If you hadn’t already noticed, a lot of YouTube creators are incredibly upset/confused/angry at the moment. It’s kind of unexplainable right now, but there seems to be a wave of algorithm changes from inside YouTube itself, which means creators are taking drastic hits on their video views and subscriber counts. But, after weeks of conflict, is there an end in sight? YouTube finally responds.
Before we get onto YouTube’s response, lets just talk about this video JackSepticEye shared on his channel a few days back. Not only does it accurately sum up the sentiments of every single YouTuber on the platform, but Jack speaks so candidly on how he runs his channel that we feel every aspiring YouTuber needs to hear what he has to say. After starting off the video by announcing that “YouTube is back at it again with the broke f*cking website”, Jack them makes some solid points about why viewer patterns are changing on the site.
You can watch Jack’s full stream of consciousness right here.
Jack discusses how channels now seem to be focusing on raising engagement through “begging for likes” and using “awful clickbait”. He points out that he likes to do things by the book on his channel, and makes sure none of his titles are misleading and always contain the name of the game he’s playing. He does this because he “couldn’t care less if [his] videos [are] number one on the trending tab”, but he’s concerned that “for smaller creators, it’s going to become increasingly more difficult to make a name for yourself on YouTube legitimately”.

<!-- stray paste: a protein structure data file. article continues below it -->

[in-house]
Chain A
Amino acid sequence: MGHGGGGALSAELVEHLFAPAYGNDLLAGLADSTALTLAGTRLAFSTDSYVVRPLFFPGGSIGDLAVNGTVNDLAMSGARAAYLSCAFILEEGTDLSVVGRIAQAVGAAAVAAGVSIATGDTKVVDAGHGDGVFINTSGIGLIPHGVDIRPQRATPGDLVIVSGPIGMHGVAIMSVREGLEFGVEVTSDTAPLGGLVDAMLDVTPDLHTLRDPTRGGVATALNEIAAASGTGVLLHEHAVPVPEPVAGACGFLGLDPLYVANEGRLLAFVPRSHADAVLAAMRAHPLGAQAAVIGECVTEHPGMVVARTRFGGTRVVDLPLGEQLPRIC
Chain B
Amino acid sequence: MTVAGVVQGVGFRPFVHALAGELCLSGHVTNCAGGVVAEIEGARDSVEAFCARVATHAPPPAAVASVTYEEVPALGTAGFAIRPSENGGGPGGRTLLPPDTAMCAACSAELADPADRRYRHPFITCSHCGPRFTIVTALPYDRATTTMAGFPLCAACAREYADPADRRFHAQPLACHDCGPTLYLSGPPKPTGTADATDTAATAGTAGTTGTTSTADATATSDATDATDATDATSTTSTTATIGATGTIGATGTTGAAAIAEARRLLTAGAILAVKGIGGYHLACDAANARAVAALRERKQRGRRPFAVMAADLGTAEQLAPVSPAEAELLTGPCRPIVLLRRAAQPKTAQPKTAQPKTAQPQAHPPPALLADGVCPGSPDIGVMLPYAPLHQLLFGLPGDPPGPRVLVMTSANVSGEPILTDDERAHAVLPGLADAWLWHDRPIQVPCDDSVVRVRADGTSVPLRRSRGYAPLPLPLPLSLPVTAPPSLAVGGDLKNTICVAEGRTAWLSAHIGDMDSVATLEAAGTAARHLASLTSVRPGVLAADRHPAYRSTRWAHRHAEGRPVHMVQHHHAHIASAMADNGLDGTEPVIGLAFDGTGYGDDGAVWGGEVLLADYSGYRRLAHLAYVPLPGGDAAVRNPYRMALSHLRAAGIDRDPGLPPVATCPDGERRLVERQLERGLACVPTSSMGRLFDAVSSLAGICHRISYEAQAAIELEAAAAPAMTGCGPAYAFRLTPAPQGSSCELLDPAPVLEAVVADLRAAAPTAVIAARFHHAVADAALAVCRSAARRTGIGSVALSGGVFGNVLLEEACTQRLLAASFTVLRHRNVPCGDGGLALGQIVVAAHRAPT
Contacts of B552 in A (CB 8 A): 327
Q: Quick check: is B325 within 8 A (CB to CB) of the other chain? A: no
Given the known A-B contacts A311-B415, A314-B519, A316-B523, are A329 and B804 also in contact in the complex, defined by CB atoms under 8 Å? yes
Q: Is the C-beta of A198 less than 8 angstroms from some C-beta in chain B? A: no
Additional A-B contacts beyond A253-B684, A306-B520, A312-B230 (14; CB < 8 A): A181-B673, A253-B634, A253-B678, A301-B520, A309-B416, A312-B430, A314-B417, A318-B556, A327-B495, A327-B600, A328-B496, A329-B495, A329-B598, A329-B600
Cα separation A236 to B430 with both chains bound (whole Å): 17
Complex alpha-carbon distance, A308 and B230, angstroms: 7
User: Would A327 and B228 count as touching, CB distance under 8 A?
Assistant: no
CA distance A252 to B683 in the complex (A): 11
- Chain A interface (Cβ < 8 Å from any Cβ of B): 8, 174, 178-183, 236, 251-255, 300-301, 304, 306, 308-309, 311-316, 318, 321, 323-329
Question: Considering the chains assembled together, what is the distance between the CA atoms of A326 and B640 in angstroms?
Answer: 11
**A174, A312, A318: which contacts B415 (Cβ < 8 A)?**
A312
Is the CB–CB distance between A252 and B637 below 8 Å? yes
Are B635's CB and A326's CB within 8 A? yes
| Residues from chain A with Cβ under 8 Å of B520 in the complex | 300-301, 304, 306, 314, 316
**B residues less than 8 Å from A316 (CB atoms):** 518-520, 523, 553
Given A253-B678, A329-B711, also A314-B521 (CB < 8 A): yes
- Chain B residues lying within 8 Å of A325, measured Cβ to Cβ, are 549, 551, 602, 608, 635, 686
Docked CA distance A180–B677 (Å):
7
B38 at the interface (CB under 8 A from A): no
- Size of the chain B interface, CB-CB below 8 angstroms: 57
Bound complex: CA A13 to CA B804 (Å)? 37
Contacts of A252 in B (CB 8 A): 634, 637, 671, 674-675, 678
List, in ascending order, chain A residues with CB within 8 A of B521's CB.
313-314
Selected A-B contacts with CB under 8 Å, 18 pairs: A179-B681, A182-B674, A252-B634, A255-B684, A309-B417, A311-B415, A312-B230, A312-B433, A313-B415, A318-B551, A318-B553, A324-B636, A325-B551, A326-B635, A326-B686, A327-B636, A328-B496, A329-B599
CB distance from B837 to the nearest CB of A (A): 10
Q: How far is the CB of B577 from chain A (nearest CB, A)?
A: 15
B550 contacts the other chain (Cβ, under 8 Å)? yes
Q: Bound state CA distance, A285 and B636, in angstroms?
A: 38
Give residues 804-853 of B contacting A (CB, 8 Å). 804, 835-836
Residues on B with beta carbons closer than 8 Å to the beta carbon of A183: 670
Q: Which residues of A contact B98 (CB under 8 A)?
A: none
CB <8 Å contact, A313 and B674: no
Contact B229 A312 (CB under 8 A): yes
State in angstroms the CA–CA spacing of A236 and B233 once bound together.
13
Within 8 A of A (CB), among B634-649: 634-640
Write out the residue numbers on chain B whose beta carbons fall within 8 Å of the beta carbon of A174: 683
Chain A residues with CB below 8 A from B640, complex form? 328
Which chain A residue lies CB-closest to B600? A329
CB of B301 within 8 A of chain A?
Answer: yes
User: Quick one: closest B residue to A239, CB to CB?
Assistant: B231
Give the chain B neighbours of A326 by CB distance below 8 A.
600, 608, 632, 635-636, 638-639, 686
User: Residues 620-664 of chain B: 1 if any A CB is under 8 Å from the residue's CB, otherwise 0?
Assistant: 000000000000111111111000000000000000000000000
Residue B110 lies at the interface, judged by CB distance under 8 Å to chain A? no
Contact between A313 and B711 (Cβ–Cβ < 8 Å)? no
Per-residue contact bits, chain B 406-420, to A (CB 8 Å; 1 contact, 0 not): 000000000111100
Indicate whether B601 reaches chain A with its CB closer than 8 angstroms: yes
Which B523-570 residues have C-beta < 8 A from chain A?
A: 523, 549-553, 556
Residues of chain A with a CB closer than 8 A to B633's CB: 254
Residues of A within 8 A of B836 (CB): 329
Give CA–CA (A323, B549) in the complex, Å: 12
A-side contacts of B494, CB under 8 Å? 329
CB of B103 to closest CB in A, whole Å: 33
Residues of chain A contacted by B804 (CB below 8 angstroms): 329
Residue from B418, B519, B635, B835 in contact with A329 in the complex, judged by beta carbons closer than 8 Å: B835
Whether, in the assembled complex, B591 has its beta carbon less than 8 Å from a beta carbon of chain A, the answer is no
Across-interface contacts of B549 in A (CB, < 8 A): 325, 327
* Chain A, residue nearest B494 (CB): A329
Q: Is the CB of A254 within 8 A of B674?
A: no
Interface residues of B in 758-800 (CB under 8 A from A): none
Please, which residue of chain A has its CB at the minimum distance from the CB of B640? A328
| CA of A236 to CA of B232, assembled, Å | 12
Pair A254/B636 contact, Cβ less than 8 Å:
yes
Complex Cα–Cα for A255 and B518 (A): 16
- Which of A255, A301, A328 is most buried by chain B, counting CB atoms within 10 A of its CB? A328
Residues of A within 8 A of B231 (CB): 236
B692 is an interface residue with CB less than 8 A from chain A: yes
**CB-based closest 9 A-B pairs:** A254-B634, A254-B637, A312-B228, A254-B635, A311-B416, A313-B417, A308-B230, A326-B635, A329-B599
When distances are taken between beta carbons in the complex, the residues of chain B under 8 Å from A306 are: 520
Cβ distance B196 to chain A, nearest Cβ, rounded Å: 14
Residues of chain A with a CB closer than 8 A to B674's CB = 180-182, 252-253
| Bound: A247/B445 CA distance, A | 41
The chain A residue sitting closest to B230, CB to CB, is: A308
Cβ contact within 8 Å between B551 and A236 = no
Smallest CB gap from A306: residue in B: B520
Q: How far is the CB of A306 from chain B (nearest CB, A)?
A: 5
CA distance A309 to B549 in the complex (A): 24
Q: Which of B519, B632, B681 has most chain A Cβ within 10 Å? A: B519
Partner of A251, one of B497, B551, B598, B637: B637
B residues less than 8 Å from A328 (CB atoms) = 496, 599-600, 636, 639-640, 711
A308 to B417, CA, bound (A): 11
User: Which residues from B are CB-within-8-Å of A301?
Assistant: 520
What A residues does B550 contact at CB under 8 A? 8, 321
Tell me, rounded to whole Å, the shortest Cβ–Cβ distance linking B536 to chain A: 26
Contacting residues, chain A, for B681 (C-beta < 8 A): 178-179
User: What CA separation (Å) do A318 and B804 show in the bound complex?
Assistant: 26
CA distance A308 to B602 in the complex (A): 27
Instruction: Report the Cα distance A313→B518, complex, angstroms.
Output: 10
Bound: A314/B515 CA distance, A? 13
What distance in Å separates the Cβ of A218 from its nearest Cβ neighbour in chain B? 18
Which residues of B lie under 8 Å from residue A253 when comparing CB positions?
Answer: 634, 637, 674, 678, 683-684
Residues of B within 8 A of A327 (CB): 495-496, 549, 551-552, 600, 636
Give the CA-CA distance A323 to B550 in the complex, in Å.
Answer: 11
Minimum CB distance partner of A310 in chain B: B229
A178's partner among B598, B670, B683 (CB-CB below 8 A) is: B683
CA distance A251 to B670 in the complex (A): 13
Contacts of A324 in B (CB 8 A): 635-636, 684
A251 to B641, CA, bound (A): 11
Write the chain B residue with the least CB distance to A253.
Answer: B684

In a (terrible) article about PewDiePie on The Independent, apparently YouTube (a website which typically hasn’t been speaking out about these complaints) has given a statement about the “decreases in creators subscriber numbers beyond what routinely happens”. It goes as follows:
“Some creators have expressed concerns around a drop in their subscriber numbers. We’ve done an extensive review and found there have been no decreases in creators subscriber numbers beyond what normally happens when viewers either unsubscribe from a creator’s channel or when YouTube removes spammed subscribers. We do the latter to ensure that all creator subscriber numbers are accurate.”